Whether childhood summers were spent in Abu Dhabi or New York, just one ice cream cone can unleash memories of the distant past.
Summer's simple and delicious pleasures
The dog days of summer are draped ahead like a warm pall. With a seasonal appetite as languid and listless as the oven's draft, my mind rarely wanders to the topic of dinner, a favoured subject on which to linger in temperate times. For five days running, I have enjoyed the same dinner: a bowl of homemade ice cream eaten slowly while I sit on the patio watching the sun set. If there is a better antidote to revive the flagging spirit, I don't know what it could be.
In the 1980s, our summer holidays commenced the day we arrived in the US, followed by the immediate raiding of extended family's freezers. There would always be freezer-burnt Neapolitan ice cream in my aunt's freezer or an elemental spumoni not quite greater than the sum of its parts. Evenings were spent waiting in line for a cone at the nearby Sundae School, or deliberating over the Smoosh-Ins for our malted vanilla cones at Herrell's, where the concept of mix-ins originated. Sometimes we had ice cream cakes on our birthdays, but more often than not there was a Friendly's watermelon roll - watermelon sherbet with flecks of chocolate chip "seeds" and a "rind" of lemon and lime sorbet.
By midsummer, our Pavlovian impulses were attuned to the sound of the ice cream man's truck rolling melodically into the car park at Pilgrim Lake. Though decidedly less modern and polished than Dan Furlong's Desert Chill van, that truck was our dream vehicle, the vision of it approaching felt like the quintessence of summer and the driver, though not his own boss, was our hero and idol - at least for a few minutes every day.
We'd stand in line, studying the peeled, sun-bleached menu board and choose our treat judiciously. There were always sno-cones: three uniform and distinct stripes of blue, orange and red ice in a cone that were destined to leave one's lips a hypothermic shade of lavender. There were Marino's Italian ices in watermelon, cherry and lemon. And, there was the guaranteed bonus of an ice cream headache, otherwise known as a brainfreeze, which happens when the trigeminal nerve conducts signals from the palate to the brain, which interprets the source as the forehead.
What we really longed for was variety and a sense of anticipation; something that ice cream trucks, with their fleeting mobility and singsong chimes, manage to elicit well. That the suburban format of Dubai's Meadows is a throwback to a certain cultural and socioeconomic environment makes the introduction of an ice cream van as theatrical, innocuous and welcome as a lemonade stand or a neighbourhood potluck. It stirs feelings of nostalgia where they have no reason to exist.
After school in Abu Dhabi, we witnessed a less Rockwellian version of the ice cream van of bygone days; here, dark-eyed, unsmiling men whose lashes were frosted with road dust sold frozen desserts outside the gates of the kindergarten. We never bought anything from them, instead holding out for the highlight of my adolescence: a weekly visit to Baskin Robbins. Every Wednesday, I'd get a waffle cone with three scoops of Daiquiri Ice, which was a garish aqua-foam green sorbet with a tart and bracing soapiness. Created in 1962, it was to me the sleeper hit of a lifetime that may as well have been previously spent in ice cream purgatory. Despite its saucy name, Daiquiri Ice was alcohol-free, but once it had circulated that "daiquiri" refers to the name of a rum-based cocktail, my brooding dark horse was laid to rest. I felt simultaneously cheated and as though I had unearthed a sham. After all, nobody had bothered removing ersatz pork products like turkey "bacon" from shelves, and there's no more daiquiri in a Daiquiri Ice than there is bacon in turkey bacon.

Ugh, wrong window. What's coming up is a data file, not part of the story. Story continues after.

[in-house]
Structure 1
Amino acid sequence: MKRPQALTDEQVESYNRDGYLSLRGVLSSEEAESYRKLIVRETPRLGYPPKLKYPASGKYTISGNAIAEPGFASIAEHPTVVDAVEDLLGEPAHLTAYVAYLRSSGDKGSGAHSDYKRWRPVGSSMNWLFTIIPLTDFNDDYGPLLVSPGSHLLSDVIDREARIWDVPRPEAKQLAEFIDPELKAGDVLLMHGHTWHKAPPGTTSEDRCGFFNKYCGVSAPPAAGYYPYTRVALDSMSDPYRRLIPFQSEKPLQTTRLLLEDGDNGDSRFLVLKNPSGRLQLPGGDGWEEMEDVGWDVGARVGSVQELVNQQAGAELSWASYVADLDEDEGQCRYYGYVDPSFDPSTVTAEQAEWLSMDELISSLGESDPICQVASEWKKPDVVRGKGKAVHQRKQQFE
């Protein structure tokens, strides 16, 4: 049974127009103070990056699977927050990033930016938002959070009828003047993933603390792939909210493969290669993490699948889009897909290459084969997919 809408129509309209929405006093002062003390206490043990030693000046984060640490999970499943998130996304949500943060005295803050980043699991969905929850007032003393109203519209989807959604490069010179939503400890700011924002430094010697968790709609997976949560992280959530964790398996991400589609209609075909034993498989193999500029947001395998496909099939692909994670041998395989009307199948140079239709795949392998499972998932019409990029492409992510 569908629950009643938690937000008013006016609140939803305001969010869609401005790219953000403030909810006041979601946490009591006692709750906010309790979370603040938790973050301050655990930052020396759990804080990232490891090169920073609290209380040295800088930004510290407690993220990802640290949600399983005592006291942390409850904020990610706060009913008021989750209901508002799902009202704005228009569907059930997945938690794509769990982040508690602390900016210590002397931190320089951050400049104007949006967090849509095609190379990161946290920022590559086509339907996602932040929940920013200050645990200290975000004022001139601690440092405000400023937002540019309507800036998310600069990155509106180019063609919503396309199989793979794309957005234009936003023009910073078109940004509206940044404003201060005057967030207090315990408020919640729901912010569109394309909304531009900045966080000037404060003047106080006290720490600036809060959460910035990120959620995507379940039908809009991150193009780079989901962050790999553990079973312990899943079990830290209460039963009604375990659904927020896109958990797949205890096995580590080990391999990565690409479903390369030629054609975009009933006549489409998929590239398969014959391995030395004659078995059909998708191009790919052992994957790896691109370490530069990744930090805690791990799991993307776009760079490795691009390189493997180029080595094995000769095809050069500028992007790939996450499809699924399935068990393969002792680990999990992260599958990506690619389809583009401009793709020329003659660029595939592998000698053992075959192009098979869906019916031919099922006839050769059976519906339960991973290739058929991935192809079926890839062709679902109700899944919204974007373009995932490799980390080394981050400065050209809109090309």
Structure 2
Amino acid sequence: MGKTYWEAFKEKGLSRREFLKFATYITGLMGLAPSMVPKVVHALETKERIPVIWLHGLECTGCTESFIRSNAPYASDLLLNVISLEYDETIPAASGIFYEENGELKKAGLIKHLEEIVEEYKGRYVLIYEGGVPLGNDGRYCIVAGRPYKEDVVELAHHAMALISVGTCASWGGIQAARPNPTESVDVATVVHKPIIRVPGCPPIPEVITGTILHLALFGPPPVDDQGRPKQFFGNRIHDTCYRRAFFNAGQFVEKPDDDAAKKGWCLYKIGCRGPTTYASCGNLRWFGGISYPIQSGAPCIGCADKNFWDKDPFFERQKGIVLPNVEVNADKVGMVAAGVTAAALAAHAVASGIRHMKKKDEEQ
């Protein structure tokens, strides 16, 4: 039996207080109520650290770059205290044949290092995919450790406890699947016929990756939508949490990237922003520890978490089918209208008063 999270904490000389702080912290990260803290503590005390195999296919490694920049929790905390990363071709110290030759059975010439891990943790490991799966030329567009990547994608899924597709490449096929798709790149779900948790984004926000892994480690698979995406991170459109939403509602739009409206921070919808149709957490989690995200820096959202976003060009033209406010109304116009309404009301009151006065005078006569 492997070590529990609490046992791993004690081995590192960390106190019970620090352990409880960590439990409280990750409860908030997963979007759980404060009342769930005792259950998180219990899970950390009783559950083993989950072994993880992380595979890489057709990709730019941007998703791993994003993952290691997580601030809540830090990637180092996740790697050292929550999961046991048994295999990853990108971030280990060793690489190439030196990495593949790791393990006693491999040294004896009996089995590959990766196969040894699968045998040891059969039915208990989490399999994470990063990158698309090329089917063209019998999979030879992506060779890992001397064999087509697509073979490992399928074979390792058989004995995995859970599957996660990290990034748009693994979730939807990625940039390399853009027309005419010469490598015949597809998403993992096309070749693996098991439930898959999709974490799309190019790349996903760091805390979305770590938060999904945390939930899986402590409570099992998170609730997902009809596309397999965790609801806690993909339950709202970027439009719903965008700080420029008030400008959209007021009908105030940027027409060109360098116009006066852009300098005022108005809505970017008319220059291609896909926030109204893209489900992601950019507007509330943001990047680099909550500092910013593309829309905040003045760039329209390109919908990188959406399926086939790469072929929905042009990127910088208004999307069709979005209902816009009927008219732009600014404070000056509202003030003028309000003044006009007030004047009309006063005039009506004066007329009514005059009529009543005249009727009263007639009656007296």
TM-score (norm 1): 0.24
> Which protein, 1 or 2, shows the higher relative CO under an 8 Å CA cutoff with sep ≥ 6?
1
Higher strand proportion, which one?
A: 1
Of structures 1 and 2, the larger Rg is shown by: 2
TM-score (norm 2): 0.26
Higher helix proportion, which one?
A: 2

I've had insatiable cravings, but for the most part, mine are relatively vanilla, as they say. One of my earliest memories is of being pushed around Central Park in a stroller alongside my cousin. I was holding a chocolate cone and she was holding a vanilla cone, and I remember thinking: "Why get vanilla when you can have chocolate?" Vanilla seemed so non-committal - tabula rasa, blank slate. But now, vanilla soft serve is my favourite food on earth. Save for a brief love affair with the ubiquitous matcha (green tea) soft serve of Japan and the unfortunate experience of being stuck in Mexico with nothing to eat but the drippy remnants of the chocolate soft-serve machine, I've never turned back on this simplest of pleasures. Well, I turned back once, but that was only to backtrack at 2am in order to find Ted Drewes Frozen Custard on Route 66 in Missouri, known as the only frozen dessert stand in the country to operate every hour of every day during the summer.
I also like my ice cream and gelato on the firm side, not melting or melted. No milkshakes for me, thanks. For this reason, discovering dondurma in Turkey was a euphoric experience. Indian kulfi and Japanese mochi ice cream are similarly practical for warmer climates; they hold their shape as they slowly melt. But dondurma was the frozen dessert I could really sink my teeth into. Made of salep (sahlab in Arabic) and mastic resin (which comes exclusively from the Isle of Chios in Greece), this chewy, taffy-like style of ice cream is eaten throughout Persia and the Levant.
In preparation for a particularly cruel summer, I'm looking to expand my repertoire. I'll be enjoying traditional Sicilian-style breakfasts of gelato or granita with brioche. When it's time to gild the lily, there is Malaysian ais kacang (shaved ice with boiled red bean, syrup, chocolate sauce and evaporated milk) and Filipino halo-halo (sweet preserved beans, coconut, jackfruit, sweet yam, cream flan, sweetened plantain, crushed ice, coconut milk and ice cream). And for everyday snacking, I make my own Popsicles, and eat them all day long.